NRL News

New Song “Follow Me” begins with sound of unborn child’s heartbeat

by | Oct 9, 2012

By Dave Andrusko

Matt Bellamy

Really, it’s amazing the range of what you can hear on the radio when you have a 70 minute commute. Everything from ESPN sports to Laura Ingraham’s “Healthy Radio Addiction” to various and often times very entertaining interviews on NPR’s “Morning Edition

Speaking of which I didn’t have a clue who ”The Muse” was when I caught an interview that NRP’s David Greene conducted with Matt Bellamy, the group’s lead singer, guitarist, and keyboardist. We quickly learn (according to the website) that “Muse has sold more than 15 million records worldwide and sold out London’s Wembley Stadium twice. More recently, the British band was chosen to write the official song for the 2012 London Olympics [“Survival”]. Now, it has a new album called ‘The 2nd Law.’”

Where it got really interesting (for a pro-lifer) was not when we learn that “the album straddles several styles of music, ranging from theatrical rock and pop to dance” but after Bellamy tells Green that “I just feel like music should reflect the kind of thing you’re interested in, so I put in some of that stuff. And on this album there’s some more personal songs, as well.”

To which Greene drily injects, “As personal as you could ever want, maybe more. This song began with a recording of Matt Bellamy’s son in utero.”

An awkward construction, “son in utero,” meaning the unborn baby being carried by Bellamy’s fianceé Kate Hudson. But getting the unborn child acknowledged as a real live member of the Hudson/Bellamy family is a big step forward for NPR.

Greene explores how the child’s heartbeat made it into “Follow me.”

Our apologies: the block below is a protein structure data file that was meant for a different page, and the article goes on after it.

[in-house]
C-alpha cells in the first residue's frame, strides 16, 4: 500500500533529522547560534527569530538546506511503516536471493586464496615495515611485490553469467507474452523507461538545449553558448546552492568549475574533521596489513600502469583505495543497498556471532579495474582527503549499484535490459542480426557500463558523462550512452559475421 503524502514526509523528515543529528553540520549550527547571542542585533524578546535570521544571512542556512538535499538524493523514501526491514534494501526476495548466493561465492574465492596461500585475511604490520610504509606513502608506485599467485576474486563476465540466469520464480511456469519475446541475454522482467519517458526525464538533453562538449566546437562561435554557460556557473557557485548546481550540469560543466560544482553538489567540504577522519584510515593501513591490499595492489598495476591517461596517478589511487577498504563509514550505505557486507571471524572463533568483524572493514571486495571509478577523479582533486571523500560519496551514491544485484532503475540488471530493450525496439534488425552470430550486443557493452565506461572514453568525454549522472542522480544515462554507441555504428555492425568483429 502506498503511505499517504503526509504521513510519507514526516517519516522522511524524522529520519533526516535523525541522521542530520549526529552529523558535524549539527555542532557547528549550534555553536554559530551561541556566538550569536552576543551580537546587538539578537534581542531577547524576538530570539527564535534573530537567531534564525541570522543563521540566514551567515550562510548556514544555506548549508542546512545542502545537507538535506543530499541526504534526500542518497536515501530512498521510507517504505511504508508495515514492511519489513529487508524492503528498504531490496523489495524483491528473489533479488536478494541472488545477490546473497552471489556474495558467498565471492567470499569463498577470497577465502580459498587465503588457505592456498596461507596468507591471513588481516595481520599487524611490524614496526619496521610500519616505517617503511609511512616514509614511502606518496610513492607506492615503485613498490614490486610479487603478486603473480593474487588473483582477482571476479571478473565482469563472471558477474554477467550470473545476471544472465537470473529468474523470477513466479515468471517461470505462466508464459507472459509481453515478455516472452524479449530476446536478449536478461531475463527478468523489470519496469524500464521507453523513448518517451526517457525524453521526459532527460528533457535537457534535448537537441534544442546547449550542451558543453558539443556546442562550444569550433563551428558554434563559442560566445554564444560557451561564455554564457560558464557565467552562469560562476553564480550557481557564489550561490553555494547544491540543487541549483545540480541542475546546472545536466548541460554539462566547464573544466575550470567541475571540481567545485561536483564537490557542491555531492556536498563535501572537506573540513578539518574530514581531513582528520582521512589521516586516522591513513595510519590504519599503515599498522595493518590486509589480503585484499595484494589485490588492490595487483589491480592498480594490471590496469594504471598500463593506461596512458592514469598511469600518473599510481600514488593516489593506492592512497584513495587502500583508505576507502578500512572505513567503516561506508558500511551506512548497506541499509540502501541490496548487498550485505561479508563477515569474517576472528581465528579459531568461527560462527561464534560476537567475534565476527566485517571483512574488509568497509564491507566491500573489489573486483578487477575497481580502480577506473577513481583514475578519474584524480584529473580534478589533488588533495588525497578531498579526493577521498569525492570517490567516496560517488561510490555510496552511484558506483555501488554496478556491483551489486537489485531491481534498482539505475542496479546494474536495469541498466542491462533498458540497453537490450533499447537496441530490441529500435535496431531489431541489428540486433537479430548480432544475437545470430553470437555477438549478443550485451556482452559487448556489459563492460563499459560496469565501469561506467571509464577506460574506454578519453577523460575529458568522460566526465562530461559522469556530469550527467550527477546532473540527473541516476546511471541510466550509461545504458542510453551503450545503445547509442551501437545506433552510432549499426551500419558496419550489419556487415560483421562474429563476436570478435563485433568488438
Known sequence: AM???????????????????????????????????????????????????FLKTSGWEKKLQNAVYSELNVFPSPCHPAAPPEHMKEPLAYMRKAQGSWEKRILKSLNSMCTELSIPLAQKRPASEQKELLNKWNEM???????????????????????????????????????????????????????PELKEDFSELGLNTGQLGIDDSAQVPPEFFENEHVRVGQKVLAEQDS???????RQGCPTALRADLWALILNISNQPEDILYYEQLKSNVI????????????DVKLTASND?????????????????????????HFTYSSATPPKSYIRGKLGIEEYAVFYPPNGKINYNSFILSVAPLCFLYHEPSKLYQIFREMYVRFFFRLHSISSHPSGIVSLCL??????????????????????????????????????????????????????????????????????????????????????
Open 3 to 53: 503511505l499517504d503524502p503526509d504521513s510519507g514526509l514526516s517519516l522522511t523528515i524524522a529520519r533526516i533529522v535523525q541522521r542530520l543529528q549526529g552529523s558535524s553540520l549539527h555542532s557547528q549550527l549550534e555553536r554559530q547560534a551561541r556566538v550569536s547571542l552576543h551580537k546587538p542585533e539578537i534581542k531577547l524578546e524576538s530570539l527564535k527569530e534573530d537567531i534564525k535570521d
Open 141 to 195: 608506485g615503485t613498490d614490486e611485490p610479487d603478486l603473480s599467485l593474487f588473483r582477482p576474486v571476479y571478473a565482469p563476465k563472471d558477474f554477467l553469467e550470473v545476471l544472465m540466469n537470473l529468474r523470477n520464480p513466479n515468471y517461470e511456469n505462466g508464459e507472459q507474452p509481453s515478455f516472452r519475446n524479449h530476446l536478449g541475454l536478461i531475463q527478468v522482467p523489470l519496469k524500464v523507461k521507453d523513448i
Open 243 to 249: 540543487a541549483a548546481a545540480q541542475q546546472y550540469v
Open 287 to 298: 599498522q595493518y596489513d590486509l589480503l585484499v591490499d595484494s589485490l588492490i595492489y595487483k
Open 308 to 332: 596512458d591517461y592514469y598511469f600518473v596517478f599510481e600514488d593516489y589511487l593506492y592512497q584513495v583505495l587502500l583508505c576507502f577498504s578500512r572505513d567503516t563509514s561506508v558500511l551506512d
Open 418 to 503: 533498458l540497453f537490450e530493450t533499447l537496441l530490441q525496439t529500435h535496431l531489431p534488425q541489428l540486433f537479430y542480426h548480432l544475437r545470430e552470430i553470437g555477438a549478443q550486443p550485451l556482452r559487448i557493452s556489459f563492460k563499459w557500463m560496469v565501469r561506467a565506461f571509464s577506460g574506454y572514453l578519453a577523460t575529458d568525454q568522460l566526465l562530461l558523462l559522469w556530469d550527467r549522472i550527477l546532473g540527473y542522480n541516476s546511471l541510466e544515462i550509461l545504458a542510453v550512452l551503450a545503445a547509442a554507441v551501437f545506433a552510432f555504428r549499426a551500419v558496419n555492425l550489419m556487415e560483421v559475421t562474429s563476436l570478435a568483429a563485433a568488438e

“I remember the first time I heard the sound of the heartbeat just before he was born,” Bellamy says. “I happen to have my IPhone on me and recorded it on the little voice memo thing.”

“A couple months later I sort of put it into the studio set up and started writing this orchestration around it and end[ed] up building up a song around this tempo, this heartbeat tempo.” [Looking elsewhere, you read that Bingham was born in July 9, 2011.)

I am not saying that the lyrics to “Follow me” are overtly pro-life, or (better put) are intended to promote the cause of the unborn child. And of course they can be read in different ways.

But it seems to be clearly the sentiments of a man talking about protecting both his child and the mother of their baby. He will not desert the baby/the mother; he will keep them safe; they can trust him to always protect them; and all this is built around the motif of when they are scared and lost, when all their strength is gone, he will not allow them to be hurt.

Good stuff, simple stuff, but noble sentiments not voiced enough in popular culture.

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